Do you have a failed drive from a MacBook Pro machine manufactured late 2013 to current time? If so, then more than likely the machine contains an Apple Blade SSD similar to the one in the picture. The interface on those Solid State Drives is proprietary to Apple.
So, what to do if this type of blade SSD has failed with regard to data recovery?
First since this is a solid state drive, then there are no moving components compared to a hard disk drive. So, this leads us to three possible major SSD problems: electronics, firmware and bad sectors.
In the data recovery case study below, we have a Mac Blade SSD model MZ-CPA1280/0A2 with a Samsung controller that sustained an electronics failure.
Upon powering on, the SSD was literally dead, no signal in status register.
The data recovery technician verified several chip ware components with a multi meter and determined that a couple were defective from a possible power surge. The respective failed SSD components were a diode, a capacitor and a resistor.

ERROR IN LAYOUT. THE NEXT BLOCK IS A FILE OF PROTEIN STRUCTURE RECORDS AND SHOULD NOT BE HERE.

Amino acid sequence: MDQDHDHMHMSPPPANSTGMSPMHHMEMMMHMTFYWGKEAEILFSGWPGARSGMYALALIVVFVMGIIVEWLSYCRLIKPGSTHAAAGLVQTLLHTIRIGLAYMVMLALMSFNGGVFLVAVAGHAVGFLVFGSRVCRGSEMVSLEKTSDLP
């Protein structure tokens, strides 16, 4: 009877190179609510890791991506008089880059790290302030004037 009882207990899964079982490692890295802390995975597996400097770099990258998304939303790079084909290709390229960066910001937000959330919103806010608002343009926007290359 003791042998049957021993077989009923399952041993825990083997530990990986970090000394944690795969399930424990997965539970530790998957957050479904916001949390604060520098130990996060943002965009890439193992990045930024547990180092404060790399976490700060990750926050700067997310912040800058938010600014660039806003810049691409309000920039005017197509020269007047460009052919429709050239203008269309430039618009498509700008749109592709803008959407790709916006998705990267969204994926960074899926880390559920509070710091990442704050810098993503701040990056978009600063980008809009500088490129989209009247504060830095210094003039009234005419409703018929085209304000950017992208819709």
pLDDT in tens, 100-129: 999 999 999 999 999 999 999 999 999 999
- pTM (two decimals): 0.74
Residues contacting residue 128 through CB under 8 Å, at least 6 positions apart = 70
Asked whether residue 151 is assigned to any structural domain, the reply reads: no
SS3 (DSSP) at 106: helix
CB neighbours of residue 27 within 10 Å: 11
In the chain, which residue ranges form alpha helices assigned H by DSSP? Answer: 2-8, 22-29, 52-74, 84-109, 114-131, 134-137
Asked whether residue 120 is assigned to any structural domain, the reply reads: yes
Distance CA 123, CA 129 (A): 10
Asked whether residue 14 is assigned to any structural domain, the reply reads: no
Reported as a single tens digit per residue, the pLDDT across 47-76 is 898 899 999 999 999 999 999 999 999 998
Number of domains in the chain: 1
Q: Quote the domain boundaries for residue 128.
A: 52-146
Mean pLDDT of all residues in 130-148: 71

To recover the files successfully, a compatible donor blade SSD was sourced to replace the broken components. An important tip here regarding donors is that often it is possible to source a SSD of the same family despite being slightly different in the model. For this particular case, the donor model SSD was MZ-CPA2560/0A2, which is the same drive, but 256GB in size. The Apple Blade SSD architecture is the same, except it has a larger NAND capacity for storing data (128GB versus 256GB).
As seen in the picture, a combination of replacing the failed SMT component and reflow soldering were necessary to get the drive in operating condition, create a binary sector by sector clone, and lastly extract the relevant critical files.
If you are dealing with a Mac Blade SSD with any of those failures and not sure what to do, contact us for further instructions via email to email@example.com or directly at (781) 762-1606. We will be happy to assist.